Issue 268: 2021 02 25: Aria, Skunk Works?

25 February 2021

The thrill of discovery .. or the smell of a rat?

By Paul Branch

Following on from last week’s Shaw Sheet tiptoe through major capital undertakings, I came across an even more fanciful government idea aimed at generating cheap clean energy on a grand scale.  Building a barrage across the River Severn estuary and harnessing tidal power could generate something like 5% of our total national energy requirement.  There’s a possibility though that even our more avid anorak-wearing readers may not recall this proposal, as it was first mooted in 1920 and not finally killed off until nearly a century later for being too expensive, too complex and just plain too difficult.

This does serve however as a fine example of what our government today wants to avoid:  long-winded pie-in-the-sky flights of fancy which absorb huge amounts of civil servants’ time and that of ministers across various departments, before the penny finally drops along with the project.  The tunnel under the Irish Sea mentioned last week may well fall into this category, suffering as it does from another ticklish problem spotted by a keen-eyed observer:  the difference in rail gauge between Ireland (5ft 3in) and GB (4ft 8.5in).  One or the other would need to change in order to enable cost-effective seamless freight rail transportation through the tunnel for onward travel, and I suspect this would need to be the Irish system as there’s precious little freight railway left there today, and none in the North.  Rail connections with Russia suffer from a similar disparity, and there the problem is resolved by an overnight changing of bogies on the trains, but that doesn’t sound like the world-beating cutting edge technology we need over here.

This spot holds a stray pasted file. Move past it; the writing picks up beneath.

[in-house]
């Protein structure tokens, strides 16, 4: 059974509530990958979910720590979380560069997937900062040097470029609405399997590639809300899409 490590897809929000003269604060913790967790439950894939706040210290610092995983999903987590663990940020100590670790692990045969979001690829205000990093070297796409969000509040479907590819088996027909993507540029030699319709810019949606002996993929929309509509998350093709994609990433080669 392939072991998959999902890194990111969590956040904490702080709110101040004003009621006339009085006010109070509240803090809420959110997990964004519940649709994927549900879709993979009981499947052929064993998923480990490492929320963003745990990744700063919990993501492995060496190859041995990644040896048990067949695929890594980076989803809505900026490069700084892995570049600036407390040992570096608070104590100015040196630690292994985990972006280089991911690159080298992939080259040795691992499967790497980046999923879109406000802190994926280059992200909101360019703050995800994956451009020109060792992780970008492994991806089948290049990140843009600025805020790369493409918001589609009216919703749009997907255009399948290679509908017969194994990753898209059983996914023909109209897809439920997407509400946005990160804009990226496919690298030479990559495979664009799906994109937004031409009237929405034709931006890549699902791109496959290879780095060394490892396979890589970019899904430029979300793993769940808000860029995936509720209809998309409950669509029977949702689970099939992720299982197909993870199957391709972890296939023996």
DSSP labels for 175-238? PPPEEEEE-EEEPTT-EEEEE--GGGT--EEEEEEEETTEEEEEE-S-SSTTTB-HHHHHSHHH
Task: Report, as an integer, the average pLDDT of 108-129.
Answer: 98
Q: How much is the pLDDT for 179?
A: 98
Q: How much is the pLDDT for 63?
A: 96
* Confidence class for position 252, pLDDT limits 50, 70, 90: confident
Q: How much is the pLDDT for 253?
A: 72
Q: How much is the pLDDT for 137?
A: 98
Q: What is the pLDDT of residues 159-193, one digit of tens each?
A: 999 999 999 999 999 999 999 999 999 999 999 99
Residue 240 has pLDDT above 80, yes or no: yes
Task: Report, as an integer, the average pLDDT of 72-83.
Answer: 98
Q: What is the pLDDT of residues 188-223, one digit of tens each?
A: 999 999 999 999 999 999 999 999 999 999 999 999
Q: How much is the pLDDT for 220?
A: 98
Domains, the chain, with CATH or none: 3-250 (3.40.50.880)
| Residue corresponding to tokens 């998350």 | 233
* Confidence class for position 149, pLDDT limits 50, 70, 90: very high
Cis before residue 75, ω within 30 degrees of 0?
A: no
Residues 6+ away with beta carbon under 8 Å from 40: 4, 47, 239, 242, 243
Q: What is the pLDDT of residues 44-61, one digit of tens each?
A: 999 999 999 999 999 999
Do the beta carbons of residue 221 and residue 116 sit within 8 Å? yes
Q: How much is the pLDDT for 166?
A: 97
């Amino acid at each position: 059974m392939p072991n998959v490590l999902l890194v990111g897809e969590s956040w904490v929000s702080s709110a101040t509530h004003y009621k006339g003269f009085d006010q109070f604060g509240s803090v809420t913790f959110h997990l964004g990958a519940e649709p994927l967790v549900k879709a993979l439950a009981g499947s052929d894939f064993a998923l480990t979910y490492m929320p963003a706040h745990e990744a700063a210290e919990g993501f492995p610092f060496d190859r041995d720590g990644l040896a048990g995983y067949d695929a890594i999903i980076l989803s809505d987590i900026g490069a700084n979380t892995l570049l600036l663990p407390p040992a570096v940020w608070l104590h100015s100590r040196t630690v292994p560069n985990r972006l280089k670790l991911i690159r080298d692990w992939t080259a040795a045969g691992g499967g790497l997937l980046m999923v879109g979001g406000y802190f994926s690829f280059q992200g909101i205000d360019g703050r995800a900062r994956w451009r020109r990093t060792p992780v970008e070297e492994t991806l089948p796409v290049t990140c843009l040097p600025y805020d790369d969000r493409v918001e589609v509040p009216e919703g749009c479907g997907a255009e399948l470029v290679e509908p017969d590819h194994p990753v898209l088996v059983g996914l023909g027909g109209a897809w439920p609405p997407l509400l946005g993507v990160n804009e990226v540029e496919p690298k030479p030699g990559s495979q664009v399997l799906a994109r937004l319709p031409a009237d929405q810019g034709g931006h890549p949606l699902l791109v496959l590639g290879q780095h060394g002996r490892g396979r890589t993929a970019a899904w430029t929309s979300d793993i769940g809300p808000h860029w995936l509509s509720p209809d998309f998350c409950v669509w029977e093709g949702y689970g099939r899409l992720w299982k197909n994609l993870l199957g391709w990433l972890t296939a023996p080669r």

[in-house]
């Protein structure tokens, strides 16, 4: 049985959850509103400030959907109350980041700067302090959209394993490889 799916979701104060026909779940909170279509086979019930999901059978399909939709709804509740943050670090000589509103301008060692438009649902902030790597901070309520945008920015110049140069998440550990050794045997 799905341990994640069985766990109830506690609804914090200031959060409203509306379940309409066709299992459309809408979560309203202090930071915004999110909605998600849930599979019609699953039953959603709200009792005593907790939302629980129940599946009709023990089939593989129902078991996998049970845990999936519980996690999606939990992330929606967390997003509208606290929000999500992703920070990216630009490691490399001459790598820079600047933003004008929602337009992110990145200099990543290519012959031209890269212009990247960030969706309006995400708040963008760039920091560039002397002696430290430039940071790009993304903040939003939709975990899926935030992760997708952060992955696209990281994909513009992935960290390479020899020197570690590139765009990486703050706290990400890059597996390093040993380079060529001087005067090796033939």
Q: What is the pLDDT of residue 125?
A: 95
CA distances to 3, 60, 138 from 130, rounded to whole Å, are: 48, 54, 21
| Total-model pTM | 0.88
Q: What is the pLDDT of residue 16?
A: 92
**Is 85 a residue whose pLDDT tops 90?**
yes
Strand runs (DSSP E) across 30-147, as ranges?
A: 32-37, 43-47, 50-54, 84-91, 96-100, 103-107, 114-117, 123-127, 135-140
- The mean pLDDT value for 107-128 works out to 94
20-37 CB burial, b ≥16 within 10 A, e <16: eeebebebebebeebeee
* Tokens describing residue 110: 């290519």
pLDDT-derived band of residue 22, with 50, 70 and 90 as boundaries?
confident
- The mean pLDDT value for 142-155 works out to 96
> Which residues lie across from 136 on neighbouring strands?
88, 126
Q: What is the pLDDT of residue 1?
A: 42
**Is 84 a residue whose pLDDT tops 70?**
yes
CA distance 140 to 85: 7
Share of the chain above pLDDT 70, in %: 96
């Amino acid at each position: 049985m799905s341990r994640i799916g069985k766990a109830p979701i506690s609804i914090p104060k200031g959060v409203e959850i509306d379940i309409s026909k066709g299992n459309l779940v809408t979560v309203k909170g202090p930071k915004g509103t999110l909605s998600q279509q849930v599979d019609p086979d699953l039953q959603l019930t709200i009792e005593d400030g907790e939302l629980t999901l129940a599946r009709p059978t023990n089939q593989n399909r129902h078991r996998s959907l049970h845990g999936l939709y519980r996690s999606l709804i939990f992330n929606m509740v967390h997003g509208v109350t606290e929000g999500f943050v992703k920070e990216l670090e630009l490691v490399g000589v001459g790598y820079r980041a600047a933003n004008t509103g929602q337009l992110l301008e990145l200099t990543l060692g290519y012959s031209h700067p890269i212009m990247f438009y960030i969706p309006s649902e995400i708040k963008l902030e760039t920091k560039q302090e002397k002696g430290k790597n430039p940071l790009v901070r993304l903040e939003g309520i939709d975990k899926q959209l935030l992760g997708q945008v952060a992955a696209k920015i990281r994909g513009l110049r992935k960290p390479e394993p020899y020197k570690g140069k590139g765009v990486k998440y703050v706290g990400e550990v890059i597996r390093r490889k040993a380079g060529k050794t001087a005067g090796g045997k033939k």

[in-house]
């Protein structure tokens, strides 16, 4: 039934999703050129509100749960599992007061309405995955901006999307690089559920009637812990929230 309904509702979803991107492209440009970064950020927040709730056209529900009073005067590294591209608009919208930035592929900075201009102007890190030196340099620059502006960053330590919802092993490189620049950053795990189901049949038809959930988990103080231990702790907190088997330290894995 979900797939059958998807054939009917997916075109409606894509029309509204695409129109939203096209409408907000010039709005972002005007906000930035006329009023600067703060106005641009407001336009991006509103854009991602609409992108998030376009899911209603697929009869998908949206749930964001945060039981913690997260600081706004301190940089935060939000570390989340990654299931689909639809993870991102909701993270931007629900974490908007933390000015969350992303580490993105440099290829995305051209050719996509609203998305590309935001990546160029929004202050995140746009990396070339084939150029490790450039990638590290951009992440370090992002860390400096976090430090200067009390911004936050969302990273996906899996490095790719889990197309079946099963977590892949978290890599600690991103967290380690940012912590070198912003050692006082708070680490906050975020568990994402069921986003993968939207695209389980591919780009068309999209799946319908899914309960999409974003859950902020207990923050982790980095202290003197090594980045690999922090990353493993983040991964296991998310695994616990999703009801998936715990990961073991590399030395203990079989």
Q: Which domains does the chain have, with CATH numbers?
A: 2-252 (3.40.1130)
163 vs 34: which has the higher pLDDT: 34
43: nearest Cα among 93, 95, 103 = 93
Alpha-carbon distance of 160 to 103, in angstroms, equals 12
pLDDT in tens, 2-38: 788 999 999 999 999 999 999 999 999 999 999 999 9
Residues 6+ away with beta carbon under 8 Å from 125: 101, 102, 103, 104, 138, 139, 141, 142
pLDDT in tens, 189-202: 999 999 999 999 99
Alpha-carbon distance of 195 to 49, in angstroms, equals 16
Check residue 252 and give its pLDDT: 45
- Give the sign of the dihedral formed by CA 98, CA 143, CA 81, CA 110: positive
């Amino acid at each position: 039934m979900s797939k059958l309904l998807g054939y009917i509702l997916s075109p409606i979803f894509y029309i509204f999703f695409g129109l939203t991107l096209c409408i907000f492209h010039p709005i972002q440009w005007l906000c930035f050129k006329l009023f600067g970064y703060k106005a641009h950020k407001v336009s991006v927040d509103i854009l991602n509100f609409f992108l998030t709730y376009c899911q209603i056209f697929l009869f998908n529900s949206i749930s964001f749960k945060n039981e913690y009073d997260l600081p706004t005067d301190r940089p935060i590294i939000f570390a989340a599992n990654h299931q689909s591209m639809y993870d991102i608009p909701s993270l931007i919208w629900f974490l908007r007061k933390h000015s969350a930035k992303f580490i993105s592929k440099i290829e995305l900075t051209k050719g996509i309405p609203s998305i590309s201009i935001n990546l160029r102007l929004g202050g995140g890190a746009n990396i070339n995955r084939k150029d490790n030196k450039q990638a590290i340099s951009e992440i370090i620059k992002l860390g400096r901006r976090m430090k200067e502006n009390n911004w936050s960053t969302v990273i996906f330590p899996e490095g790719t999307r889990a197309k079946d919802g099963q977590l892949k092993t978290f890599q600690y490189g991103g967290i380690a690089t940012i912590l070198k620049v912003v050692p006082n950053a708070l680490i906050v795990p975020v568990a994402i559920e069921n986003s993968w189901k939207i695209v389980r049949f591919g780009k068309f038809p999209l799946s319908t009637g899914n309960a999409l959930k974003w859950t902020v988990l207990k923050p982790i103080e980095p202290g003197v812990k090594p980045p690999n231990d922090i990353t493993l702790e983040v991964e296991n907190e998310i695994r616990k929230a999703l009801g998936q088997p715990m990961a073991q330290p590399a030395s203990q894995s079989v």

In the search for innovation a new high-risk government agency has just been launched to seek out ground-breaking scientific discoveries, with initial funding of £800 million over four years.  Two points about this endeavour are immediately noteworthy:  firstly the absence of the term “world-beating” in the announcement, but more worryingly the remit for the new agency entitles it to have a “higher tolerance for failure than is normal.”  The sheer irony of this statement must have been lost on the government PR genius who penned it, giving the snappily-titled Advanced Research & Invention Agency with its acronym “Aria” all the requisite characteristics of a doomed heroine from a Verdi or Puccini opera.

With the laudable intent of driving forward the technologies of tomorrow by stripping back unnecessary red tape, the new agency will be led by the UK’s most exceptional scientists and will focus on identifying the most cutting-edge research and technology, at speed.  Aria will therefore compete head-on with UK Research and Innovation (UKRI) and similar bodies already funded to the tune of £10 billion annually.  Presumably the existing agencies must be weighed down with so much red tape that they cannot operate effectively, so it’s clear that another, less bureaucratic agency is needed rather than improving what we have.  In my day this would have been called a skunk works, set up to cut corners and deliver a quick solution to a known problem.  Perhaps the most successful commercial implementation of the idea was by Lockheed Martin in the development of new military aircraft, but I suspect their budget from US government funding was in the many $billions.